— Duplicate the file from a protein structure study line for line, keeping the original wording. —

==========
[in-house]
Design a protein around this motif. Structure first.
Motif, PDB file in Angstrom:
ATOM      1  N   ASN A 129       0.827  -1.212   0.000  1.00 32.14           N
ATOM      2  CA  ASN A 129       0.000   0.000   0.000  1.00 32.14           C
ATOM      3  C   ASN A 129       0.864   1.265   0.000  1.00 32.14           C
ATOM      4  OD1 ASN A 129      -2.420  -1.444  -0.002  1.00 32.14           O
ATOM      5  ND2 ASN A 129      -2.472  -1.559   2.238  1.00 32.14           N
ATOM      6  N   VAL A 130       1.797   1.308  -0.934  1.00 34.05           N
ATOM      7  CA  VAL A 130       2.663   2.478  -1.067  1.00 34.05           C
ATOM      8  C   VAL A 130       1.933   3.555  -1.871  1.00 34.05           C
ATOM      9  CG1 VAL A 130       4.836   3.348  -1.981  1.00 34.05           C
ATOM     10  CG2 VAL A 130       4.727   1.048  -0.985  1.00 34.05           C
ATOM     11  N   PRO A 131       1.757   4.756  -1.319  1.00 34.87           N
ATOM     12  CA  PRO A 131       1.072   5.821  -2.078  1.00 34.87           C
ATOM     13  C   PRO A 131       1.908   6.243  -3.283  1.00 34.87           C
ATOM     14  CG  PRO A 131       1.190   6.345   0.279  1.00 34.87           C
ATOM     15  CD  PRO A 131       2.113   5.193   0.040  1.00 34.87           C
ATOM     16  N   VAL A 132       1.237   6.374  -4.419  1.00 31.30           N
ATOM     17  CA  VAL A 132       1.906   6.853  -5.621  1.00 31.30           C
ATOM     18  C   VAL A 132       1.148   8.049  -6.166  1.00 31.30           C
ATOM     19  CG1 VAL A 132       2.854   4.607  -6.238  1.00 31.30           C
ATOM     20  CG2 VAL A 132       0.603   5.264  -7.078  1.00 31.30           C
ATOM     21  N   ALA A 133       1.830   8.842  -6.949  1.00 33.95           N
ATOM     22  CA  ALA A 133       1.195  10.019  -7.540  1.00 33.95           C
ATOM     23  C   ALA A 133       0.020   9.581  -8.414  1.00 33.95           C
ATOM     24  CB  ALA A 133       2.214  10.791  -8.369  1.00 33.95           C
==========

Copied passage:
[in-house]
Design a protein around this motif. Structure first.
Motif, PDB file in Angstrom:
ATOM      1  N   ASN A 129       0.827  -1.212   0.000  1.00 32.14           N
ATOM      2  CA  ASN A 129       0.000   0.000   0.000  1.00 32.14           C
ATOM      3  C   ASN A 129       0.864   1.265   0.000  1.00 32.14           C
ATOM      4  OD1 ASN A 129      -2.420  -1.444  -0.002  1.00 32.14           O
ATOM      5  ND2 ASN A 129      -2.472  -1.559   2.238  1.00 32.14           N
ATOM      6  N   VAL A 130       1.797   1.308  -0.934  1.00 34.05           N
ATOM      7  CA  VAL A 130       2.663   2.478  -1.067  1.00 34.05           C
ATOM      8  C   VAL A 130       1.933   3.555  -1.871  1.00 34.05           C
ATOM      9  CG1 VAL A 130       4.836   3.348  -1.981  1.00 34.05           C
ATOM     10  CG2 VAL A 130       4.727   1.048  -0.985  1.00 34.05           C
ATOM     11  N   PRO A 131       1.757   4.756  -1.319  1.00 34.87           N
ATOM     12  CA  PRO A 131       1.072   5.821  -2.078  1.00 34.87           C
ATOM     13  C   PRO A 131       1.908   6.243  -3.283  1.00 34.87           C
ATOM     14  CG  PRO A 131       1.190   6.345   0.279  1.00 34.87           C
ATOM     15  CD  PRO A 131       2.113   5.193   0.040  1.00 34.87           C
ATOM     16  N   VAL A 132       1.237   6.374  -4.419  1.00 31.30           N
ATOM     17  CA  VAL A 132       1.906   6.853  -5.621  1.00 31.30           C
ATOM     18  C   VAL A 132       1.148   8.049  -6.166  1.00 31.30           C
ATOM     19  CG1 VAL A 132       2.854   4.607  -6.238  1.00 31.30           C
ATOM     20  CG2 VAL A 132       0.603   5.264  -7.078  1.00 31.30           C
ATOM     21  N   ALA A 133       1.830   8.842  -6.949  1.00 33.95           N
ATOM     22  CA  ALA A 133       1.195  10.019  -7.540  1.00 33.95           C
ATOM     23  C   ALA A 133       0.020   9.581  -8.414  1.00 33.95           C
ATOM     24  CB  ALA A 133       2.214  10.791  -8.369  1.00 33.95           C